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Interpreting long-term trends in Blue Mountain ecosystems from repeat photography.Author(s): Jon M. Skovlin; Jack Ward Thomas
Source: Gen. Tech. Rep. PNW-GTR-315. Portland, OR: U.S. Department of Agriculture, Forest Service, Pacific Northwest Research Station. 114 p
Publication Series: General Technical Report (GTR)
Station: Pacific Northwest Research Station
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DescriptionPhotographs taken before 1925 were compared with photos taken as recently as 1992 to interpret changes within ecosystems in the Blue Mountains of Oregon. For discussion purposes, 10 ecosystems were aggregated into seven broad landscape systems. Nearly all systems exhibited some degree of conversion from herbaceous to woody forms of vegetation. Nonforested ecosystems improved markedly except in the riparian-aquatic habitats. Forested ecosystems were stressed from stand stagnation, conversion from pine to fir, serious insect infestations, and crown fires. This project shows how these ecosystems have changed since the advent of settlement by nonendemic people. It was carried out to assist land managers and researchers to develop strategies to improve ecosystem stability and thereby provide for resource sustainability.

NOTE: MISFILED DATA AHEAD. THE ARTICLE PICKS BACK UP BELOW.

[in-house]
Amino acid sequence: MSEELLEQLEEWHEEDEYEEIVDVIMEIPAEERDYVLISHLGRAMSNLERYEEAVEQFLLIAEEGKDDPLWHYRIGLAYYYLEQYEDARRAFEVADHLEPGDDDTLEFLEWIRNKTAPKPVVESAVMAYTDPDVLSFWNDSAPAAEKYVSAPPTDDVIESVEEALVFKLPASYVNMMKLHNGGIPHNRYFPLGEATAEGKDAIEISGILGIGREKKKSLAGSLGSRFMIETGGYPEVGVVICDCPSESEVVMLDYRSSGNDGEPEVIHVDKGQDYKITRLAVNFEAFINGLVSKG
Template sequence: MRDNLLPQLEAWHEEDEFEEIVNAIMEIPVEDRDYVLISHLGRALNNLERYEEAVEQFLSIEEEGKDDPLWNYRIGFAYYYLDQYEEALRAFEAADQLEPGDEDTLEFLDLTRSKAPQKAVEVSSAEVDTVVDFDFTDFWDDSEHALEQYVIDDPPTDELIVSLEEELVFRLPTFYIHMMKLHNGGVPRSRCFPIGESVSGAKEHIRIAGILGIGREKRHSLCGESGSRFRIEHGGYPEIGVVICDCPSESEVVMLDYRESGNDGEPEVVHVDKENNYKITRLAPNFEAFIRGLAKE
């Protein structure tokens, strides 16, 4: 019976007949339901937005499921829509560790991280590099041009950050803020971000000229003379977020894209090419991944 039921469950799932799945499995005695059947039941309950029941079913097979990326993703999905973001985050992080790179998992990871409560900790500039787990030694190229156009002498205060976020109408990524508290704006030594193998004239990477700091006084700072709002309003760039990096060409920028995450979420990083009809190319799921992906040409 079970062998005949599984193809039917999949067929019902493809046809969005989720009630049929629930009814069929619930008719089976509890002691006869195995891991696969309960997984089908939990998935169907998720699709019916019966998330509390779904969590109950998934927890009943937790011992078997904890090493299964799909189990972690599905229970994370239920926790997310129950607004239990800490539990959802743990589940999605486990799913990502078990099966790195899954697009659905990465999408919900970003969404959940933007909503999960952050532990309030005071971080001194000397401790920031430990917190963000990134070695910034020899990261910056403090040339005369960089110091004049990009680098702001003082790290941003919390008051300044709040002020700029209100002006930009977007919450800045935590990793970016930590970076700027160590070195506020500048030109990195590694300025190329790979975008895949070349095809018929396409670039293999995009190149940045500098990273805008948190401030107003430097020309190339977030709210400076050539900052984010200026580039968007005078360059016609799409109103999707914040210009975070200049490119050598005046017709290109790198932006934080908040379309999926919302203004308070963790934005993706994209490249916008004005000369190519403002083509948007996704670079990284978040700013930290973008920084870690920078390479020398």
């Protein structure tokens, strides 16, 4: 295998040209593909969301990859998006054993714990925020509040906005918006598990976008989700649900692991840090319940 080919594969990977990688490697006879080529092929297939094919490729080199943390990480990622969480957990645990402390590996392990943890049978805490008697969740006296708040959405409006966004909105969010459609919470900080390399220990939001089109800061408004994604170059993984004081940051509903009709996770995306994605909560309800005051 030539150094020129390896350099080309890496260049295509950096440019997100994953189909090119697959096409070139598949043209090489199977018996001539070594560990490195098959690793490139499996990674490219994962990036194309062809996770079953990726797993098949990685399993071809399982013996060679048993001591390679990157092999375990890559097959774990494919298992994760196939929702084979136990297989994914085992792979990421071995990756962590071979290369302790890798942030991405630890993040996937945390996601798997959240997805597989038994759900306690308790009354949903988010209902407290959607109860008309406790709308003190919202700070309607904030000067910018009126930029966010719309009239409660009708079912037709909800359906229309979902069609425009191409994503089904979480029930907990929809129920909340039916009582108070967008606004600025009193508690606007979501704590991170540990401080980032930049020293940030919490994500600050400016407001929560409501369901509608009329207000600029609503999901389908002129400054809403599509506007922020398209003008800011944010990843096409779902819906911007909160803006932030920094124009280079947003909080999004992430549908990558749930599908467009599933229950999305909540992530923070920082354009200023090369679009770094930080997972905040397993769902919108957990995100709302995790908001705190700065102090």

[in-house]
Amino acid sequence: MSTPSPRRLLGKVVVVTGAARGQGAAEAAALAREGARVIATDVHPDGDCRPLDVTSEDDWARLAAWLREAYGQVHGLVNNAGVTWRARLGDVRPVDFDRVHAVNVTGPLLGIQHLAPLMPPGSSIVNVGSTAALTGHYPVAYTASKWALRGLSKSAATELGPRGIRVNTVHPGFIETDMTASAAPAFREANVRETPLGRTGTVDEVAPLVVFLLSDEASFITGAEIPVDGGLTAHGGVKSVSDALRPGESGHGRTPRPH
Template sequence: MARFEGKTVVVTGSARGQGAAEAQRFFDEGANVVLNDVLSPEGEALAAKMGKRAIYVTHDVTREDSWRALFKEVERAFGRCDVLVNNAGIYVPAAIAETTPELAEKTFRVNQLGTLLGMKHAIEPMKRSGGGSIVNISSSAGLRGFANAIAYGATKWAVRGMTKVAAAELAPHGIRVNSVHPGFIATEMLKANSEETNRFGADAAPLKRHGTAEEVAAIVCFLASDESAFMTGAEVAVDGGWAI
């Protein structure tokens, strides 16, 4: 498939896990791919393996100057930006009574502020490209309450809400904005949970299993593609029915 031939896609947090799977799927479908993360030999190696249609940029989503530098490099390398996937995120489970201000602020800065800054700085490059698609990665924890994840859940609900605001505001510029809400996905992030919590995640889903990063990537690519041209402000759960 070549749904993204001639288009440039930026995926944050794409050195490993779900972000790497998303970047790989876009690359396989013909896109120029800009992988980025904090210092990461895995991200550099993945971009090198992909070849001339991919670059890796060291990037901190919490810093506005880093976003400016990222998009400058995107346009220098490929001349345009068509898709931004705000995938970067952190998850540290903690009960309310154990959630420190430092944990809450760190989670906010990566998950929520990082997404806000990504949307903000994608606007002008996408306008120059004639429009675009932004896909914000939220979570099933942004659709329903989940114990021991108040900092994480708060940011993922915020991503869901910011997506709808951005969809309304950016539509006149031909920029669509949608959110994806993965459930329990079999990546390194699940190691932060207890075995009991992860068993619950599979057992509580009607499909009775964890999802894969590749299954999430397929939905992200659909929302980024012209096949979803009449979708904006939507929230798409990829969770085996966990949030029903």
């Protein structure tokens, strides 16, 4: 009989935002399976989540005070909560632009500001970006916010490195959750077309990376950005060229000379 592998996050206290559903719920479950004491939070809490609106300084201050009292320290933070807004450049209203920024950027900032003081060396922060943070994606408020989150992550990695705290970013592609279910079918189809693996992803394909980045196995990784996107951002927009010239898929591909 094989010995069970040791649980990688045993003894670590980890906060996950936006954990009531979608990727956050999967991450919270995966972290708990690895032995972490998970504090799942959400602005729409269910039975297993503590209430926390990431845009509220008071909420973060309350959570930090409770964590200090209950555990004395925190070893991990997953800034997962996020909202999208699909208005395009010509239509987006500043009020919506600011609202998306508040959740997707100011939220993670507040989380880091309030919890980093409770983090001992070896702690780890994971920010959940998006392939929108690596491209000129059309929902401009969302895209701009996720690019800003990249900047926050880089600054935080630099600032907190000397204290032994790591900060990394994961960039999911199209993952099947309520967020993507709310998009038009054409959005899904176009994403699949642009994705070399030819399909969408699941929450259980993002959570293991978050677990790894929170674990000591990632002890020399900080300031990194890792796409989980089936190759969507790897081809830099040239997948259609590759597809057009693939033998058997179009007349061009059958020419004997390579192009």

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CitationSkovlin, Jon M.; Thomas, Jack Ward. 1995. Interpreting long-term trends in Blue Mountain ecosystems from repeat photography. Gen. Tech. Rep. PNW-GTR-315. Portland, OR: U.S. Department of Agriculture, Forest Service, Pacific Northwest Research Station. 114 p
Keywordsblue Mountains, Oregon, photography (repeat), photo history, long-term change, landscape ecology, ecosystem stability
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